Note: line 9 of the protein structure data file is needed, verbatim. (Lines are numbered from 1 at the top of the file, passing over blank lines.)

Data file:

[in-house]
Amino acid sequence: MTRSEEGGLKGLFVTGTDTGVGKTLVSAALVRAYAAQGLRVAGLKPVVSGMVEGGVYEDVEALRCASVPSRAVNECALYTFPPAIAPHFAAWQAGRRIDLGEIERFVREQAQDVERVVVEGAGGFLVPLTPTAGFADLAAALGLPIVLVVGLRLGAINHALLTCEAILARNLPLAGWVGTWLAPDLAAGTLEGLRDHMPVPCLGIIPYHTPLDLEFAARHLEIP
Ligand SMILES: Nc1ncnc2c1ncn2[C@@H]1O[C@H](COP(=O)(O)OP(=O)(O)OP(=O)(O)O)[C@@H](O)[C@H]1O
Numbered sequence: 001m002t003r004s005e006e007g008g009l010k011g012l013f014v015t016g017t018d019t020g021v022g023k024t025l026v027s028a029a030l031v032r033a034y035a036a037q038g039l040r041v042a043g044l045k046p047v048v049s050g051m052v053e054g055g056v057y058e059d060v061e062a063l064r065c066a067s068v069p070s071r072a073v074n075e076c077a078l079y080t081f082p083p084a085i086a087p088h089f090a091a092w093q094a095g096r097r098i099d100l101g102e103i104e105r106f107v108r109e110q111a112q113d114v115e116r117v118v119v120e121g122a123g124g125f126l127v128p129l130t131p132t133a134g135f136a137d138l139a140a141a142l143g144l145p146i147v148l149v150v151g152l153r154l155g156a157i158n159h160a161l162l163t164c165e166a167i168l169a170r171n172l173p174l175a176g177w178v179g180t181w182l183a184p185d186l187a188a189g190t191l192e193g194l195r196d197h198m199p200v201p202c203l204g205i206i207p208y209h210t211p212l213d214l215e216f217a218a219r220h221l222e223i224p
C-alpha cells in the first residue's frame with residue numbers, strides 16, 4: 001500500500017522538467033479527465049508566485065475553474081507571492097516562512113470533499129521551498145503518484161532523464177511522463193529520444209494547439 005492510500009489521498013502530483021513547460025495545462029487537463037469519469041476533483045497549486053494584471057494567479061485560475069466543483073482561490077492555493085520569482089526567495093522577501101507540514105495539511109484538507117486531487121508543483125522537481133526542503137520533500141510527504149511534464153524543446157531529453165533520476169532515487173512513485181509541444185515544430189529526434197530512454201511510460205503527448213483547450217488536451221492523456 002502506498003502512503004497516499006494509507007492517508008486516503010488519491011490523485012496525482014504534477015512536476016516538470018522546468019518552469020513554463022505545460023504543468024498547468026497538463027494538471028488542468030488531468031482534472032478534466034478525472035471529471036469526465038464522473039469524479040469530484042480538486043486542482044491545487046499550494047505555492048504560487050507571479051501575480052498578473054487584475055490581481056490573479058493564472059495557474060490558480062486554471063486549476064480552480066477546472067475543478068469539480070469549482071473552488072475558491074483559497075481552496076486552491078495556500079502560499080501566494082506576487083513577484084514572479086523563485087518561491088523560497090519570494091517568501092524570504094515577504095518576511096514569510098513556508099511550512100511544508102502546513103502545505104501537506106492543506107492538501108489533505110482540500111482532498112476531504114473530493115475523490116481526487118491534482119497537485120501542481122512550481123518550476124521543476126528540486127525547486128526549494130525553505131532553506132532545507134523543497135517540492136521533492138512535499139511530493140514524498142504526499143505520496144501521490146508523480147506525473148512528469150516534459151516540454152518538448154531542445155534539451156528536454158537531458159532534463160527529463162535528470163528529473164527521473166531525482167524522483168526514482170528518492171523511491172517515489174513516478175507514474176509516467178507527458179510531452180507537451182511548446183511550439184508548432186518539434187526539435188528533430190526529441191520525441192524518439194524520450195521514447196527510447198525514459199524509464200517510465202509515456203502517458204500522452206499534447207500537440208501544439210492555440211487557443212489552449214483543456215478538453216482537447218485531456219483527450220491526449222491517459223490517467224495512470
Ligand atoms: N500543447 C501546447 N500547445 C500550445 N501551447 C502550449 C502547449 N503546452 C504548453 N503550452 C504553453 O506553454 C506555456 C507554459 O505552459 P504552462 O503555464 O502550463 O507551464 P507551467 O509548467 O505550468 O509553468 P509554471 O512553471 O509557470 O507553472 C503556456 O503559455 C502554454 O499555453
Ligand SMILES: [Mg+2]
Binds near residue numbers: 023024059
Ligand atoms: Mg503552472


Ligand atoms: Mg503552472